Few places on earth can match the mystique of Myanmar. The country, commonly known as Burma, is steeped in ancient tradition, shaped by Buddhist values and shrouded with secrecy.
A Web site for international travelers describes this region in Southeast Asia as a “golden country … where magnificent and ancient Buddhist temples gaze out serenely over a nation restless for change. Myanmar has plenty of wonders for the eye — slow sinuous rivers, lush mountain forests and intricately drawn cities. It’s an extraordinary country of golden pagodas and golden dreams.”
Beyond all of the beauty and dreams, however, is a divided nation with deep problems. The last free election was in 1990, but the 485-member People’s Assembly was never allowed to convene. From its state-run media to authoritarian rule by a military junta, Burma truly is a “nation restless for change.”
Once the richest country in Southeast Asia, it is now the poorest. More than 700,000 refugees want to return to their homeland. But for now, all they can do is wait and dream of the country they once knew.
State of the media in Burma
Reporters Without Borders (RSF) ranks Burma among the five most oppressive and dangerous countries in the world for journalists. The nation placed 163 on a list of 167 countries.
According to BBC News, “the media are propaganda tools and tend not to report opposing views except to criticize them. Editors and reporters are answerable to the military authorities. All forms of domestic public media are officially controlled or censored.”
There is an official, English-language daily newspaper available online, The New Light of Myanmar (www.myanmar.com/nlm/), but the content is tightly controlled by the government. Accurate and reliable news about Burma may be found in The Irrawaddy (www.irrawaddy.org), an independent publication established in 1992 by former citizens living in exile in neighboring countries; the news magazine is not associated with any group or political party.
Stories making the news
* “Opposition activist groups in Burma and overseas say they support a proposal issued by the main opposition National League for Democracy party calling on the military regime to allow a ‘people’s parliament,’ while it remains as a transitional government. Under the proposal, a parliament would be formed according to results of the 1990 general election, which were ignored by the regime after the NLD won by a landslide. In return, the parliament would recognize the regime as a de jure, or lawful, transitional government.” (The Irrawaddy, Feb. 14)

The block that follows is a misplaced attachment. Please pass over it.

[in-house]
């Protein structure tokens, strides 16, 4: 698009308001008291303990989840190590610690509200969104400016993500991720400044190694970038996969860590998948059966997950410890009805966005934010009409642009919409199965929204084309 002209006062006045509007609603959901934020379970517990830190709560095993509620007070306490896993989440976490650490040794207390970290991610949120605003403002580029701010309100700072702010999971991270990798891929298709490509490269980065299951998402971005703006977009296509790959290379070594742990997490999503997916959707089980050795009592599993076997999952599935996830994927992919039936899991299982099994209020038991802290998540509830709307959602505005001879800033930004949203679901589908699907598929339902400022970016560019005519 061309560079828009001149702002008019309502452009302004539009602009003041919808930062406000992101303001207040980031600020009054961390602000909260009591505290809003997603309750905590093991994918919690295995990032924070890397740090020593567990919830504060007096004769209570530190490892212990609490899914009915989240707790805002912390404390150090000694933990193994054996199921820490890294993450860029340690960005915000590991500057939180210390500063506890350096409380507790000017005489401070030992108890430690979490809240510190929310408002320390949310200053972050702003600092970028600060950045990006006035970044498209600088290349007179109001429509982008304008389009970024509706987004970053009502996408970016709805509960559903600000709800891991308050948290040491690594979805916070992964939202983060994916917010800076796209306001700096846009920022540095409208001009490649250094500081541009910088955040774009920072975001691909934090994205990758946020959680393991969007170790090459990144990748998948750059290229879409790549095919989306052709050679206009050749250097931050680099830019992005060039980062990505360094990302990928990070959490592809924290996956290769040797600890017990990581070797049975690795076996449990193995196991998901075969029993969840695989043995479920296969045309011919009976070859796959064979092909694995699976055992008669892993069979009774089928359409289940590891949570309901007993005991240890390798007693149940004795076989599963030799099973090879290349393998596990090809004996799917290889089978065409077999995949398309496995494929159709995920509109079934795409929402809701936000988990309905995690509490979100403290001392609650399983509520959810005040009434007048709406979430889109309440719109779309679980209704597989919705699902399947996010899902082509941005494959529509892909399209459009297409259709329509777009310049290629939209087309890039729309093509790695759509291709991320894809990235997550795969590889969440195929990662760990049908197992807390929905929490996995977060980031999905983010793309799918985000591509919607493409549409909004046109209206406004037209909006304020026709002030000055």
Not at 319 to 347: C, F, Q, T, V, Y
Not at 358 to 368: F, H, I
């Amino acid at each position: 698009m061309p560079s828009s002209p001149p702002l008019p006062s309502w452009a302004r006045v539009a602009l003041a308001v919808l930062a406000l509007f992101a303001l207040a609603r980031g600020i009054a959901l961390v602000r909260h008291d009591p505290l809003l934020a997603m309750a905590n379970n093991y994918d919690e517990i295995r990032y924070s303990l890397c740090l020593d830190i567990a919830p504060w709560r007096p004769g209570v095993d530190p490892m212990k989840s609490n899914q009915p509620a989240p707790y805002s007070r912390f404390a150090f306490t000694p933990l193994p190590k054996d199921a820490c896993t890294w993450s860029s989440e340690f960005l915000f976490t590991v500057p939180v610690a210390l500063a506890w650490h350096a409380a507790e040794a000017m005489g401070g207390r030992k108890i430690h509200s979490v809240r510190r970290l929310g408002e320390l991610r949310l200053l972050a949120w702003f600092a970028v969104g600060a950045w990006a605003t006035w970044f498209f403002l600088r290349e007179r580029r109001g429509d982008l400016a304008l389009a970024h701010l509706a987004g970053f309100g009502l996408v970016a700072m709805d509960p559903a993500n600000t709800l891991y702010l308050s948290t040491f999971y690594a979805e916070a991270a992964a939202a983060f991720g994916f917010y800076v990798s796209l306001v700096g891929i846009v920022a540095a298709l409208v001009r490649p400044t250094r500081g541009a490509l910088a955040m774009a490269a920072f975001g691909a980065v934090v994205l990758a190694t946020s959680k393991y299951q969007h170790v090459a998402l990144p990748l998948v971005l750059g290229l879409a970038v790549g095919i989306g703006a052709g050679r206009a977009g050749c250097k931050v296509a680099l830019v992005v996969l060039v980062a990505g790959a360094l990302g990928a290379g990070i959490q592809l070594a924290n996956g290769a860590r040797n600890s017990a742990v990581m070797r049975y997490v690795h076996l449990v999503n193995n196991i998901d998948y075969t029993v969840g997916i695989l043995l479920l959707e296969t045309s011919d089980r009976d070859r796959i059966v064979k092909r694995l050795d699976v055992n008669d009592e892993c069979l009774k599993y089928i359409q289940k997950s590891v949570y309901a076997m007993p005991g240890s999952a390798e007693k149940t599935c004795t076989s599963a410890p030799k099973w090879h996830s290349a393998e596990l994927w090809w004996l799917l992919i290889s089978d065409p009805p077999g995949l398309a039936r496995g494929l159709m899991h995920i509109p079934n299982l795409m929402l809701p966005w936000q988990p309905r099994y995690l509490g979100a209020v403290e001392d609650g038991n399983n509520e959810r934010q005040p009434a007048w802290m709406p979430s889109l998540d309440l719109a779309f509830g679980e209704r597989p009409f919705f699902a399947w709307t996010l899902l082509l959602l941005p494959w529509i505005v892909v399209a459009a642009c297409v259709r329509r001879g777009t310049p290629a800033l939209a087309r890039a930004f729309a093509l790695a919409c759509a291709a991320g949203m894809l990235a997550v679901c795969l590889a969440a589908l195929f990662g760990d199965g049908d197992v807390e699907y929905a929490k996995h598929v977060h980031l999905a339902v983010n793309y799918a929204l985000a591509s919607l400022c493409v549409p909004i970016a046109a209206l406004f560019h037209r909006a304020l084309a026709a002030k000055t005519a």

* “Senior U.S. diplomats say Washington is to step up its international campaign against the regime in Burma and is aiming to raise the issue at the U.N. Security Council. U.S. Assistant Secretary of State Christopher Hill said lack of political development, continued rights abuses and drugs production in Burma — which poses threats to neighboring countries and the region — constitute enough for the world body to discuss the issue at the next gathering of the UNSC, which is currently headed by the U.S.” (The Irrawaddy, Feb. 8)
The major issues
* One of the current problems is repositioning the capital from Rangoon, near the coast of the Andaman Sea, to the Pyinmana area of central Burma, a distance of about 250 miles to the north. The junta, which began the unannounced move in the early morning hours of Nov. 6, hopes to complete the project this spring.
* Another top issue is the fate of a pro-democracy leader. In November, the junta extended the detention of Nobel Peace Prize laureate Aung San Suu Kyi. Under house arrest from 1989 to 1995 and 2000 to 2002, Suu Kyi was imprisoned in May 2003. She will remain under house arrest at least until May.
Bruce C. Swaffield is a professor of graduate studies in journalism at Regent University in Virginia Beach, Va. In addition to working as a professional journalist for many years in South Florida, Swaffield has been teaching journalism and writing since 1983. He is a member of the SPJ International Journalism Committee and may be contacted at email@example.com